Harvard:
Rafeq, A.-K. 1991, "Craft Organization, Work Ethics, and the Strains of Change in Ottoman Syria", in Journal of the American Oriental Society, vol. 111, no. 3, pp. 495--511. American Oriental Society.
APA:
Rafeq, A.-K. (1991). Craft Organization, Work Ethics, and the Strains of Change in Ottoman Syria. Journal of the American Oriental Society, 111 (3) , 495--511. American Oriental Society.
Chicago:
Rafeq, Abdul-Karim. 1991. "Craft Organization, Work Ethics, and the Strains of Change in Ottoman Syria." In Journal of the American Oriental Society, 111 , no. 3: 495--511. American Oriental Society.
MLA:
Rafeq, Abdul-Karim. "Craft Organization, Work Ethics, and the Strains of Change in Ottoman Syria." Journal of the American Oriental Society. 111.3 (1991): 495--511.
Citation within the text:
(Rafeq 1991)
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BibTeX:
@article{rafeq1991craft,
  source = {jstor},
  ISSN = {0003-0279},
  abstract = {Craft organizations (guilds), whose origins in the Arab-Islamic countries are controversial, developed in a highly sophisticated way in these countries under Ottoman rule. Known as tawaif (sing. taifa) in Ottoman Syria and in other Ottoman provinces, these organizations were autonomous. They regulated the affairs of their members, distributed collective taxes among them, controlled the quality of their products, and fixed the prices of their commodities. The stability of the economic and social life in Syria owes much to these organizations. Religio-ethnic tolerance was a major characteristic of these organizations which included Muslims, Christians and Jews within their ranks. Through work ethics, merit was the primary consideration for admission into, and promotion within, the craft. Under the impact of industrialized Europe, locally manufactured goods were unable to measure up to the competition of European goods which flooded the local markets in the 19th century. Bankruptcies were reported among local manufacturers, wages were lowered, causing friction between journeymen and masters, and emigration abroad progressed. Local manufacturers, however, were not altogether resigned to their fate. They pooled resources, introduced partnerships cutting across religious barriers, and produced competitive goods meeting local needs. A nascent local bourgeoisie thus began to take shape.},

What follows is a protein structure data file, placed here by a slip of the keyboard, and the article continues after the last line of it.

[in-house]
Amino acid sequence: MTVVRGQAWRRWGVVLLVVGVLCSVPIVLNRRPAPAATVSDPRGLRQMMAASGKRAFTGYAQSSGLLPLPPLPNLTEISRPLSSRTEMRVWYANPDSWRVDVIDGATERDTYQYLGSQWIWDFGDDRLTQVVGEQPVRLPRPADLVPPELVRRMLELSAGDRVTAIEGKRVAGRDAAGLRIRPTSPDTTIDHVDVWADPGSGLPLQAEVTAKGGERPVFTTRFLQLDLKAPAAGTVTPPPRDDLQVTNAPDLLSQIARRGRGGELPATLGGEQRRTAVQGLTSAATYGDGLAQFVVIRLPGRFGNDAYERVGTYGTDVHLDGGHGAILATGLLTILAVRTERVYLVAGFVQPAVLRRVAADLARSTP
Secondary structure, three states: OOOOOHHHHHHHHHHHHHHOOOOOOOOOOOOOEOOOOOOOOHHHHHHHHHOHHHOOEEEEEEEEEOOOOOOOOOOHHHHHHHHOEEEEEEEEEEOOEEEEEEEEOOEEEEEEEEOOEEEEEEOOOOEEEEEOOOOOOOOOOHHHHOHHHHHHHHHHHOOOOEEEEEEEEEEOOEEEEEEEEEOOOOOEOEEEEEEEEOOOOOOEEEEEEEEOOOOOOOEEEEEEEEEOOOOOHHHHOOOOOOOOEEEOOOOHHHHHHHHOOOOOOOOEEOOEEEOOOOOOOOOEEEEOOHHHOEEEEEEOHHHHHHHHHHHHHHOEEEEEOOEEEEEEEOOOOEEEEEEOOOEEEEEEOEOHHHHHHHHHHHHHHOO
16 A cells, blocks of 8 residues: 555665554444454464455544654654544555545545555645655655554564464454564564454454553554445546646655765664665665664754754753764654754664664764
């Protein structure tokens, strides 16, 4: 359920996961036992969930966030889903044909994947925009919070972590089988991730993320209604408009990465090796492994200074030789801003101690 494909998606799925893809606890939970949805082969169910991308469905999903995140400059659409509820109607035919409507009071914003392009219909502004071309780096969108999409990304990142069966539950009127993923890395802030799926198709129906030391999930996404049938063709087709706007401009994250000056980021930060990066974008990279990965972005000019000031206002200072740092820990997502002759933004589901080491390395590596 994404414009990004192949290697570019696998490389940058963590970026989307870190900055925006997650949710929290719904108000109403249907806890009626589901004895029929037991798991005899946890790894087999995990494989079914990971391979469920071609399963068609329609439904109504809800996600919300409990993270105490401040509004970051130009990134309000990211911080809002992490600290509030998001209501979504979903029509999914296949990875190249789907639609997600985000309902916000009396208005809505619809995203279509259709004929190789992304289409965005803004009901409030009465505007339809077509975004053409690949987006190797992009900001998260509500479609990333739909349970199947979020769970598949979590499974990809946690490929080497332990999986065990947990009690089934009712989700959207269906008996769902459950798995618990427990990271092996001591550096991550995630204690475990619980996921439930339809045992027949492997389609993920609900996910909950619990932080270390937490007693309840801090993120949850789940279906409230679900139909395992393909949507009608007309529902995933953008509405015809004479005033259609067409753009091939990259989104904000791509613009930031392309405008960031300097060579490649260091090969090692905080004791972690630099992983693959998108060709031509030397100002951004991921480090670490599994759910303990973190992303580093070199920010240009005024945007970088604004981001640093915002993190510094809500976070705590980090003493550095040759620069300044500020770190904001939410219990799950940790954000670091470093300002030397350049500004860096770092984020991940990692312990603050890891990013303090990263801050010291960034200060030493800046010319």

author = {Rafeq, Abdul-Karim},
  copyright = {Copyright 1991 American Oriental Society},
  journal = {Journal of the American Oriental Society},
  jstor_articletype = {Full Length Article},
  jstor_date = {199107/199109},
  jstor_formatteddate = {Jul. - Sep., 1991},
  month = {jul},
  number = {3},
  pages = {495--511},
  publisher = {American Oriental Society},
  title = {Craft Organization, Work Ethics, and the Strains of Change in Ottoman Syria},
  url = {http://links.jstor.org/sici?sici=0003-0279%28199107%2F09%29111%3A3%3C495%3ACOWEAT%3E2.0.CO%3B2-T},
  volume = {111},
  year = {1991},
}